How can talent acquisition teams combat The Great Resignation?January 5, 2022
Kim Pope, COO at WilsonHCG, recently participated in a webinar to talk about the impact The Great Resignation is having on businesses. During the discussion, which was hosted by SocialTalent founder Johnny Campbell, Pope talked about reprioritization, the role burnout is playing in talent retention and why technology is a key focus for many organizations as they seek to make their talent acquisition processes more efficient.
Watch the webinar event here: Hiring at Scale during the Great Resignation
What we heard: The priorities people have when it comes to work have changed irrevocably.
What we understood: People have been reprioritizing where they work, the hours they work, how they work and much more. This has had an enormous impact on retention levels as people are looking for jobs that fit their needs, rather than that of an employer.
What is required: Listen to your people. Conduct regular pulse surveys and stay interviews to find out what matters most and use the data to revamp your employee experience. Once you’ve optimized your employee value proposition (EVP), be sure it's reflected in your employment brand by socializing it internally and sharing it externally via recruitment marketing.
What we heard: Burnout is real and more people are suffering from it than ever before.
What we understood: People are leaving jobs because they are simply at their breaking point. This is not limited to specific sectors, although healthcare and talent acquisition both have particularly high levels of burnout.
What is required: Get creative. Invest in employee well-being and incentivize employees to participate in the programs you set forth. Consider unlimited paid time off (PTO) programs, be flexible with working hours, provide at-home office and equipment stipends and do your best to help employees reduce their stress levels by encouraging taking time off to recharge.
What we heard: Learning and development programs can help to improve your retention rates and attract talent.
What we understood: People are leaving companies because they want to develop and progress in their careers. If their current employer doesn’t offer a way to grow, they will find another that encourages it.
What is required: Take a look at what learning and development programs your employees are using and encourage them to give you feedback on what’s most helpful in their day to day. Host internal career fairs to show employees what potential opportunities are available within your organization. Promote internally so your people know they can progress their careers at your company, proof they don’t need to switch employers to advance.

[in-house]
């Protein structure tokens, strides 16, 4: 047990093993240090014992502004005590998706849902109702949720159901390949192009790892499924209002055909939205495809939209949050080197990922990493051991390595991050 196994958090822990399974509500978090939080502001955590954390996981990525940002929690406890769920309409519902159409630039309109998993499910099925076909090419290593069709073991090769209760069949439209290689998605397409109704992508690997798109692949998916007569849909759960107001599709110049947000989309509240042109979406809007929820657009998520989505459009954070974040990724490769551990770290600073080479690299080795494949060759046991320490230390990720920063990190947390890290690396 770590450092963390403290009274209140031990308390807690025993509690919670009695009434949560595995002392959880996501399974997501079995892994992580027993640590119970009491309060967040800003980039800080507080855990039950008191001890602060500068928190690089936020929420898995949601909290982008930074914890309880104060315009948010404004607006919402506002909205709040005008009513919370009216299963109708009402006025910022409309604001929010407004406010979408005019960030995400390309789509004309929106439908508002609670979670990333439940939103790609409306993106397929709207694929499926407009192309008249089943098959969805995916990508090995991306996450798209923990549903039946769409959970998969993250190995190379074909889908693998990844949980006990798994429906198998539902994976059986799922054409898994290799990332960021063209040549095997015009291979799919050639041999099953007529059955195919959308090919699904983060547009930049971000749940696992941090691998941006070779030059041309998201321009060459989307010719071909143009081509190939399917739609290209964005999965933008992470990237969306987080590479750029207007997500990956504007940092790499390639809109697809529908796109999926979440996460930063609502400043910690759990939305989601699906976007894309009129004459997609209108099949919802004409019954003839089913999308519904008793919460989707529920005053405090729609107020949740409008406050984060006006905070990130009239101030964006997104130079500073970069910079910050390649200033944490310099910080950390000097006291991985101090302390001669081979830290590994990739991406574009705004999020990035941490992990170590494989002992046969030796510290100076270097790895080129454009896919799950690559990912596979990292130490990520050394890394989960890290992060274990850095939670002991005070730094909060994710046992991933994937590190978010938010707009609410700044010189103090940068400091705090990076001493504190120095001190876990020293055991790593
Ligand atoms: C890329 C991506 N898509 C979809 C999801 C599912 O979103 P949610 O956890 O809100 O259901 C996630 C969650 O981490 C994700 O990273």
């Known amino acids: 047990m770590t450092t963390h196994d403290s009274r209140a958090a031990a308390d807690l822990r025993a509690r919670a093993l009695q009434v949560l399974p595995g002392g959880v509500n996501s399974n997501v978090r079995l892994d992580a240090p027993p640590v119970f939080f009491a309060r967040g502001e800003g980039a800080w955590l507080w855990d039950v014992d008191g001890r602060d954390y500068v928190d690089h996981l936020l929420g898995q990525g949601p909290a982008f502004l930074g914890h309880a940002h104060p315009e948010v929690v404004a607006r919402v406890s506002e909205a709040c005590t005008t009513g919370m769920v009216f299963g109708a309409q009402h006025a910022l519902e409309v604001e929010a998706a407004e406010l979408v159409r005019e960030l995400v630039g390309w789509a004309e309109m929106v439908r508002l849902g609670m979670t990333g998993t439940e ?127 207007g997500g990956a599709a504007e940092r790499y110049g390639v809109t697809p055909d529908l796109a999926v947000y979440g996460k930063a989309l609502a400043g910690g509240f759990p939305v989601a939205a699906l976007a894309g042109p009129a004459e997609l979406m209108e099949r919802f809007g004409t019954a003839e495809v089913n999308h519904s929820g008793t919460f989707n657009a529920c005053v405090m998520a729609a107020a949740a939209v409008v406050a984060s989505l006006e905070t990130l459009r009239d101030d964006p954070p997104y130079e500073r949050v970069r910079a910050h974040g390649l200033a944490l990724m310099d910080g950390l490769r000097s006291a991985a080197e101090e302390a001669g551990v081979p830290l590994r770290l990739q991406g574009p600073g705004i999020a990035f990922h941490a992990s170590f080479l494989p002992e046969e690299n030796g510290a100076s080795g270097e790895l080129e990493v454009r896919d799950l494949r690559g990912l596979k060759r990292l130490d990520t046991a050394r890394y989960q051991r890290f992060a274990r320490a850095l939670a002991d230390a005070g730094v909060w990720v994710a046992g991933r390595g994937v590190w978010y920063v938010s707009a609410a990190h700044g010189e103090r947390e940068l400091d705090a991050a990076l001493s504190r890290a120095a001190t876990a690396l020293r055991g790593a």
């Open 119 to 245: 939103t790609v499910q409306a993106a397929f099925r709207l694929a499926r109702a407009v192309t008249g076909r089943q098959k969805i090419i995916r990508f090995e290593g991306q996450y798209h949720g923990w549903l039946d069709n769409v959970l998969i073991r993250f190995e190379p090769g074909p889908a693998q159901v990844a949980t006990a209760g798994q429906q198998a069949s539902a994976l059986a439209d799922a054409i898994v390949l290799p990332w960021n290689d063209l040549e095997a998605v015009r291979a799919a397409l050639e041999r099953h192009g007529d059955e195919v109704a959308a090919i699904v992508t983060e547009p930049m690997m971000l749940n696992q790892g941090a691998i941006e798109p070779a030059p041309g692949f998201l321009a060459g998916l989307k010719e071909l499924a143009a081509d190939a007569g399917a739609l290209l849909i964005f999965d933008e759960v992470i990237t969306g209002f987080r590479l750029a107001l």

What we heard: Talent acquisition technology is a must.
What we understood: Companies are using more talent acquisition technology than ever before to expedite the hiring process. But not all technology platforms are created equal, so each stage of the candidate journey should be analyzed separately.
What is required: Evaluate your tech stack and the role it plays in your hiring processes. Optimize what you have and identify any gaps. Consider automating the repetitive stages, such as scheduling. This not only helps to accelerate the candidate journey but also frees up time for your talent teams. The objective is to make it as easy as possible for candidates to apply to a role or they’ll lose interest. For example, implement one-click application processes or you risk a nosedive in application rates.
What we heard: Many organizations are reviewing their talent acquisition org structures.
What we understood: Because recruiters are in such short supply, companies are assessing their current talent acquisition structures to see if they’d benefit from leveraging a talent partner.
What is required: A thorough assessment of all aspects of talent acquisition, including processes, resources and technology, is ideal in this type of talent market. If your company doesn’t have the resources in place to optimize, consider a talent outsourcing partner. RPOs can bring immediate relief to in-house talent teams while providing sustainable value for future talent operations.
Based in the UK, Kirsty supports WilsonHCG's marketing team and specializes in the art of storytelling. A former journalist, Kirsty understands the impact that engaging content can have. Her mission is to educate people so they truly understand the talent acquisition landscape. Kirsty is a self-confessed bookworm and loves to travel as much as she possibly can.
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